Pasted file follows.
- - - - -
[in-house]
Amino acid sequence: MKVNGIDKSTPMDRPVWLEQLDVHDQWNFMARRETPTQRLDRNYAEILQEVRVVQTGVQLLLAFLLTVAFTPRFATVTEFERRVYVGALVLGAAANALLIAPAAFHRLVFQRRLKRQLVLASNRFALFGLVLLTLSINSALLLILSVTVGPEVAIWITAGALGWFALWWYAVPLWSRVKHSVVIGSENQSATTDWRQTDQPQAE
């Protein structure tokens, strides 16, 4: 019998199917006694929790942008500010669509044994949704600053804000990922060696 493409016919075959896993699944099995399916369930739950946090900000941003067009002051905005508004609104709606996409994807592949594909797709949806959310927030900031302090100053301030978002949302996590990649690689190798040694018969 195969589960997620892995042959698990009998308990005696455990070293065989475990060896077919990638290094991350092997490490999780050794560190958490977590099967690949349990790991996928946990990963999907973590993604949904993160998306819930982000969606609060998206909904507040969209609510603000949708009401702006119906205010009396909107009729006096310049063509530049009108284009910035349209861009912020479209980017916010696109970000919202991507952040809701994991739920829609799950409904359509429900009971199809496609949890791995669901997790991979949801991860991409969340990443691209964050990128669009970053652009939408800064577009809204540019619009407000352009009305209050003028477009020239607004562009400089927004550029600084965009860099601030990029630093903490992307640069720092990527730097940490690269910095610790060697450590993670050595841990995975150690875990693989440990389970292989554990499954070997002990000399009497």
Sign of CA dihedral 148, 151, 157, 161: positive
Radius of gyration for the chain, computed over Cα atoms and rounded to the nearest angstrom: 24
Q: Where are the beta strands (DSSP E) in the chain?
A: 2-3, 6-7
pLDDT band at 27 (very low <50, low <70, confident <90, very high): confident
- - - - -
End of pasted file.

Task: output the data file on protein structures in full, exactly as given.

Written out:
[in-house]
Amino acid sequence: MKVNGIDKSTPMDRPVWLEQLDVHDQWNFMARRETPTQRLDRNYAEILQEVRVVQTGVQLLLAFLLTVAFTPRFATVTEFERRVYVGALVLGAAANALLIAPAAFHRLVFQRRLKRQLVLASNRFALFGLVLLTLSINSALLLILSVTVGPEVAIWITAGALGWFALWWYAVPLWSRVKHSVVIGSENQSATTDWRQTDQPQAE
């Protein structure tokens, strides 16, 4: 019998199917006694929790942008500010669509044994949704600053804000990922060696 493409016919075959896993699944099995399916369930739950946090900000941003067009002051905005508004609104709606996409994807592949594909797709949806959310927030900031302090100053301030978002949302996590990649690689190798040694018969 195969589960997620892995042959698990009998308990005696455990070293065989475990060896077919990638290094991350092997490490999780050794560190958490977590099967690949349990790991996928946990990963999907973590993604949904993160998306819930982000969606609060998206909904507040969209609510603000949708009401702006119906205010009396909107009729006096310049063509530049009108284009910035349209861009912020479209980017916010696109970000919202991507952040809701994991739920829609799950409904359509429900009971199809496609949890791995669901997790991979949801991860991409969340990443691209964050990128669009970053652009939408800064577009809204540019619009407000352009009305209050003028477009020239607004562009400089927004550029600084965009860099601030990029630093903490992307640069720092990527730097940490690269910095610790060697450590993670050595841990995975150690875990693989440990389970292989554990499954070997002990000399009497």
Sign of CA dihedral 148, 151, 157, 161: positive
Radius of gyration for the chain, computed over Cα atoms and rounded to the nearest angstrom: 24
Q: Where are the beta strands (DSSP E) in the chain?
A: 2-3, 6-7
pLDDT band at 27 (very low <50, low <70, confident <90, very high): confident